Sherry Britton in her final pose during her act at the Minsky Gayety Follies.Sherry Britton during her act at the Minsky Gayety Folliesin 1940. (Photo: Bettmann/Corbis /AP Image)

First it was a group of patriotically painted topless women (called desnudas) in Times Square, taking photos with tourists for tips this summer. Then it was a pledge by New York City mayor Bill de Blasio to create a task force to address “the growing problem” of “topless individuals” in the neon-lit tourist hub. 

Shortly thereafter, hundreds of women took off their tops and paraded down Broadway, to prove that if men can go topless in public areas, so can women—it’s been legal since 1992. Now a full-fledged movement for the right to bare breasts is gaining steam in a place with a long history of naked ambition. 

From the accidental invention of the striptease to the modern-day desnudas, here are the milestones in Times Square’s skin-baring story.  

(Photo: Steven Pisano/flickr

Circa 1915: The First Striptease

Rumor surrounds the invention of the striptease. Legend holds that an unidentified chorus girl “forgot” to don the starched collar and cuffs belonging to her dancing costume one night, resulting in a scandalous exposure of the neck and wrists.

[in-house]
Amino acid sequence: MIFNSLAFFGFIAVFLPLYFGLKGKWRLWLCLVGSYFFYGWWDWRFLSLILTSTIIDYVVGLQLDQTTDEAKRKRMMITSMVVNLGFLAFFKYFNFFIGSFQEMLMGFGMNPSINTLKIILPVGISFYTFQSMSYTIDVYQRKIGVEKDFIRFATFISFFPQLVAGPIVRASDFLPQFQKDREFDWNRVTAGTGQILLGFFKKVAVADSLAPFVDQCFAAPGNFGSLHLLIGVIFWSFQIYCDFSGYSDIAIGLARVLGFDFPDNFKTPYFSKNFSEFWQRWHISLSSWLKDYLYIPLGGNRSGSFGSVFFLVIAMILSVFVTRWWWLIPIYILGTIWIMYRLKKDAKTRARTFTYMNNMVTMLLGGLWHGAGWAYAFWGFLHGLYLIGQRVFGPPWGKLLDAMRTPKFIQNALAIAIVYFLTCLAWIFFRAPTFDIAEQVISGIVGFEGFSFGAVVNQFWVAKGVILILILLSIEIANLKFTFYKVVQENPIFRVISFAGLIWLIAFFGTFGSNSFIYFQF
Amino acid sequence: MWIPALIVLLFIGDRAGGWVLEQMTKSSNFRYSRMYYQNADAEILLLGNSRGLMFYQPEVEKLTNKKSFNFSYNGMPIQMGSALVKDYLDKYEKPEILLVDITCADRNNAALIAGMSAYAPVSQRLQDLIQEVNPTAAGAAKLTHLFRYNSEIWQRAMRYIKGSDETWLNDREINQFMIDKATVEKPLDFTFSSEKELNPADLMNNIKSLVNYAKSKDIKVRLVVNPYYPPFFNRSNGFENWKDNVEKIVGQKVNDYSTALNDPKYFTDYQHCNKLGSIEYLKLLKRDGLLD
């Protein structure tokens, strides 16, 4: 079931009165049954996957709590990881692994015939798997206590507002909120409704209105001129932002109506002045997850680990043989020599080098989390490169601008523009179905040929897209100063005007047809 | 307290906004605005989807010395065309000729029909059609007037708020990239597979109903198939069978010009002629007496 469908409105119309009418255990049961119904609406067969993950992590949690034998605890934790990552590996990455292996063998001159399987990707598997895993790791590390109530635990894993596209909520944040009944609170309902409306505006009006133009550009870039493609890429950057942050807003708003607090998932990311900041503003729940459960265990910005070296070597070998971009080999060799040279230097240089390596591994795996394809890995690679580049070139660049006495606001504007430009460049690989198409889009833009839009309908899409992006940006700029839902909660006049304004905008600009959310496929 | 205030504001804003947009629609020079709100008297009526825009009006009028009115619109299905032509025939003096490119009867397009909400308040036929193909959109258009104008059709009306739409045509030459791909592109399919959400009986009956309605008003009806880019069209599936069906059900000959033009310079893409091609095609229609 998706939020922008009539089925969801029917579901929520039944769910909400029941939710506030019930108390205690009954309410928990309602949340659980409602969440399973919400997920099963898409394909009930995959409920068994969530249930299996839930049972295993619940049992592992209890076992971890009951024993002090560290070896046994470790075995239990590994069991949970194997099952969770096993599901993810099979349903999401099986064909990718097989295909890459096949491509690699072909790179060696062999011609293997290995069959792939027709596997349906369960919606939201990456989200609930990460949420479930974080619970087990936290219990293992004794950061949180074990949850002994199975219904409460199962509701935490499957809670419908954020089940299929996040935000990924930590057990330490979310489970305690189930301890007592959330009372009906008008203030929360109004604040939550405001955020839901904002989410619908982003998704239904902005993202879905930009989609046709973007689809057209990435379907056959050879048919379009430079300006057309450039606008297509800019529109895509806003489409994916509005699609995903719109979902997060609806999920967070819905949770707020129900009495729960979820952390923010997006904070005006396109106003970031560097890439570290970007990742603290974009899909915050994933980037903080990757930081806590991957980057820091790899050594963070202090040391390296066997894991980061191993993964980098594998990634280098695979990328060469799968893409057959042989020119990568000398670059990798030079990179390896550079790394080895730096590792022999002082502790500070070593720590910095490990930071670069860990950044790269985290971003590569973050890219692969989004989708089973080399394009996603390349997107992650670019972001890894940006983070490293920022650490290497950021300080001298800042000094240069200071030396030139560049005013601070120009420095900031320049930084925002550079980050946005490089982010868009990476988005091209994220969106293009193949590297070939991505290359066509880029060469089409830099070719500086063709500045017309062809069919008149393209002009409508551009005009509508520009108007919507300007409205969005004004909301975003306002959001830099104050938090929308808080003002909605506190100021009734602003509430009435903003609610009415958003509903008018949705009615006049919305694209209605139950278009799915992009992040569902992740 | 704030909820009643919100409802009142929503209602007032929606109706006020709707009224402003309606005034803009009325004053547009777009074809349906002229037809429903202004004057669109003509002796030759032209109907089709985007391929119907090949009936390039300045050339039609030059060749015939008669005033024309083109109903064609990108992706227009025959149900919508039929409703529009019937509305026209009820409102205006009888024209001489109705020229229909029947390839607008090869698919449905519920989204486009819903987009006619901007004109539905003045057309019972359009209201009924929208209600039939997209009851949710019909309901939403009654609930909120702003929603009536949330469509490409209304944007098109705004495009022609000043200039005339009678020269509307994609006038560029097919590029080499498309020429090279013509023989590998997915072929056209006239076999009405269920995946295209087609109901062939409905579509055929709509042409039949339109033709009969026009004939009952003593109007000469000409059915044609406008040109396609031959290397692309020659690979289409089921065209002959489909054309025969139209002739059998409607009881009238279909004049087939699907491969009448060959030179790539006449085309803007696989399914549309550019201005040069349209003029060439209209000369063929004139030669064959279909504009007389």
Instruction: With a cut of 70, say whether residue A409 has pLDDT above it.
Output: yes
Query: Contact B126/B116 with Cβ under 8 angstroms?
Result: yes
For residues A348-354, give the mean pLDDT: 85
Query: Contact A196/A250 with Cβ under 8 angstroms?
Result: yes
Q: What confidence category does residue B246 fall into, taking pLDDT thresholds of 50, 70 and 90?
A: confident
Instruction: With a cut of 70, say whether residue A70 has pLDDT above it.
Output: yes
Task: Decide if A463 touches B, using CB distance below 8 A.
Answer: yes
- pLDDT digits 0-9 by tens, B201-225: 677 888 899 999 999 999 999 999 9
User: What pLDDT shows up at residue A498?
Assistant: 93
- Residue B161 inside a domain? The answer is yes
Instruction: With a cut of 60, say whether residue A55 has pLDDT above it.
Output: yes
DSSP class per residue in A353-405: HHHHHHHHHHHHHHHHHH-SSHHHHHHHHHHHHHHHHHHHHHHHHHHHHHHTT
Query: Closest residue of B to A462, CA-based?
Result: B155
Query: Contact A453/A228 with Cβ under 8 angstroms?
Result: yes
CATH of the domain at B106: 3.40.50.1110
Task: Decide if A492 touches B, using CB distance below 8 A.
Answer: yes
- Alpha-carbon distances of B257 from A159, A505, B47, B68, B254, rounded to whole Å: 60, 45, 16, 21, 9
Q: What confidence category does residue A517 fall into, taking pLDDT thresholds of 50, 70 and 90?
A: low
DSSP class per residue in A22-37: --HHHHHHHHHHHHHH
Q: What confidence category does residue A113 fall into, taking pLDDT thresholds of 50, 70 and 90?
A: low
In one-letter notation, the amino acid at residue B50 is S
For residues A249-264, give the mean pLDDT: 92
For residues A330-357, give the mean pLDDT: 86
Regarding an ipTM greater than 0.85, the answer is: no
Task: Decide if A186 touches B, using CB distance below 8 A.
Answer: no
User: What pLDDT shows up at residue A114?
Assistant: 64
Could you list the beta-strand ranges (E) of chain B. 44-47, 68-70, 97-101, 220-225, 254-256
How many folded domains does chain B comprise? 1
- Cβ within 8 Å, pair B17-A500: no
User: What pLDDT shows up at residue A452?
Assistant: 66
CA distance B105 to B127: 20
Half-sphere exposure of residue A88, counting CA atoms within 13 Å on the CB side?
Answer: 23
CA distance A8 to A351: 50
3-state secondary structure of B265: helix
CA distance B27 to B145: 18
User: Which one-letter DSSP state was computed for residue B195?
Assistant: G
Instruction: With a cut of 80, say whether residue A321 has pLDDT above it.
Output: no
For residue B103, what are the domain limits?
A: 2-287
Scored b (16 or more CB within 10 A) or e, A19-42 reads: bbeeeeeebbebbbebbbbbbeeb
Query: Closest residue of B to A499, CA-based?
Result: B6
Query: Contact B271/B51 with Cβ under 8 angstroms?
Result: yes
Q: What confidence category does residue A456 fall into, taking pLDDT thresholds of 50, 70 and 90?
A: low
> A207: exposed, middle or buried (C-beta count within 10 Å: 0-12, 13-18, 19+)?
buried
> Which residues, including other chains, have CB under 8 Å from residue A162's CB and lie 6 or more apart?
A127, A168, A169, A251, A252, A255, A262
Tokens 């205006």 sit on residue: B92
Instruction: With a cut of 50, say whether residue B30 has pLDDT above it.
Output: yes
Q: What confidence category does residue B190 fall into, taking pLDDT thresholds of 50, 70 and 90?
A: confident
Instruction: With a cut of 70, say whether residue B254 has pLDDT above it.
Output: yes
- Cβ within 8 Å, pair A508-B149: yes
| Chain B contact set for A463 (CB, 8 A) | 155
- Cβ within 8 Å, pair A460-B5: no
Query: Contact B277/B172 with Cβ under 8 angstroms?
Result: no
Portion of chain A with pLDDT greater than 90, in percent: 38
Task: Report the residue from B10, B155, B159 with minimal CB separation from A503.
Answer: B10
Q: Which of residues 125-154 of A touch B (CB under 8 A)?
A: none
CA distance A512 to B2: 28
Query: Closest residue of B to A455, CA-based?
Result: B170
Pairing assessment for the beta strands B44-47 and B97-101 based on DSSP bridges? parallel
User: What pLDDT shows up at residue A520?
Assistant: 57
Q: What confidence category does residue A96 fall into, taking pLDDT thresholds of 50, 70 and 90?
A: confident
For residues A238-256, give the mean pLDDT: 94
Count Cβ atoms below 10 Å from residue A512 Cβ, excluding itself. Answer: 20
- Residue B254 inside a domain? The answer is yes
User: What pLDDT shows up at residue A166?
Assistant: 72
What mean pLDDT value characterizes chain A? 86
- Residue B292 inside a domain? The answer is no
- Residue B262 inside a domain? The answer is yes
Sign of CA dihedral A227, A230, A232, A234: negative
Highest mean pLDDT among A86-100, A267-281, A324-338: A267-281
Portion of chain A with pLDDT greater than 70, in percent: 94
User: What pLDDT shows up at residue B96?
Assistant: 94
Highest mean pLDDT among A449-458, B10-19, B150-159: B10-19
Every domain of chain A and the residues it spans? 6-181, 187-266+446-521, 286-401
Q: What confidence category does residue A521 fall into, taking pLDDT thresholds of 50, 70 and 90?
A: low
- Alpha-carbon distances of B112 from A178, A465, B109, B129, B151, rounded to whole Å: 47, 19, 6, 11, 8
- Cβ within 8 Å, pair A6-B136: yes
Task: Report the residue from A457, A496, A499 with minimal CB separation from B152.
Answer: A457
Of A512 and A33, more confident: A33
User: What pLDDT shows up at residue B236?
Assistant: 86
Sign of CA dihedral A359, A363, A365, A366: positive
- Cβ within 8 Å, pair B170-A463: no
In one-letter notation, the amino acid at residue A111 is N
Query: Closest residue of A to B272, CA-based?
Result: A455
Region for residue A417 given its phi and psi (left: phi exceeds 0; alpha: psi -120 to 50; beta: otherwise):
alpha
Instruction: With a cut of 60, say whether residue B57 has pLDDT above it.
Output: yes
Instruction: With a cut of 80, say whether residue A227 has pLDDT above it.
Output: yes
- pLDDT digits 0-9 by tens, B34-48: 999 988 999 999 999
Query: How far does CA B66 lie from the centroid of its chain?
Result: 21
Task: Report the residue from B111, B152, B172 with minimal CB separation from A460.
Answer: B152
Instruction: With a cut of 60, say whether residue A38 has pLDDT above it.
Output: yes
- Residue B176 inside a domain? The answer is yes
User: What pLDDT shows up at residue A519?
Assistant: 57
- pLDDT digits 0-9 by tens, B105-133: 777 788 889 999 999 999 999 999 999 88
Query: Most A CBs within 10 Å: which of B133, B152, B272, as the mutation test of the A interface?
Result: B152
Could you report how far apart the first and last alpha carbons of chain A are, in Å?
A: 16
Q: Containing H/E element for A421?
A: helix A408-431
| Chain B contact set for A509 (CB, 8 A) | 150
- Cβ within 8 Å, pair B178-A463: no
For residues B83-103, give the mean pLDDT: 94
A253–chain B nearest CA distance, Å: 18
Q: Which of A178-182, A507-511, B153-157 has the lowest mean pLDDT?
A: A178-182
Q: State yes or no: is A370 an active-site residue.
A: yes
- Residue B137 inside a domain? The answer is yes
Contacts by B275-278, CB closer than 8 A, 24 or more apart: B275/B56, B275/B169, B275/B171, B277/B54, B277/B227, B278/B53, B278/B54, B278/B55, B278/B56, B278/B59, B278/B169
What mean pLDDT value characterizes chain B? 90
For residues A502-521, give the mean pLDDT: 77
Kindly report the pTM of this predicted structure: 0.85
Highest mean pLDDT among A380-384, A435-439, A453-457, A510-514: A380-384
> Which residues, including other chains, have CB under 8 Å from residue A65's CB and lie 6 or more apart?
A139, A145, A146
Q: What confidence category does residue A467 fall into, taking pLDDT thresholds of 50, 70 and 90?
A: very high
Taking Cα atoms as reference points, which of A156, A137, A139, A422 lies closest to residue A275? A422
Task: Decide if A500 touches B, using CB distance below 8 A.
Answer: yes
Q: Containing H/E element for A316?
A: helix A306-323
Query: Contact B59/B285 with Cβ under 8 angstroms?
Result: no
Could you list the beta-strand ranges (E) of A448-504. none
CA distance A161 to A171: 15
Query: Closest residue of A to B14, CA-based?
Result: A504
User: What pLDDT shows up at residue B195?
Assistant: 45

In another version of the tale, an actress named Hinda Wassau discovered that a strap of her dress had broken as she was singing her big finale, and she decided to bare it all rather than dash offstage in the middle of the number. Yet another account claims that an anonymous dancer purposefully shed her chemise on stage in 1927, perhaps under the influence of bootleg hooch. Whatever its true origin, striptease became the sacred centerpiece of topless performance.  

Times Square in 1931, with ”The Great Ziegfeld” and to the right, the entrance to Minsky’s Burlesque Theatre. (Photo: Library of Congress)

1931: Burlesque on Broadway

The Minsky brothers—Abe, Billy, Herbert and Morton—were the biggest names in burlesque by the 1930s, but their empire had been built on the Lower East Side. Now, with the Depression dragging on and audiences craving escapist spectacles, the Minskys moved uptown.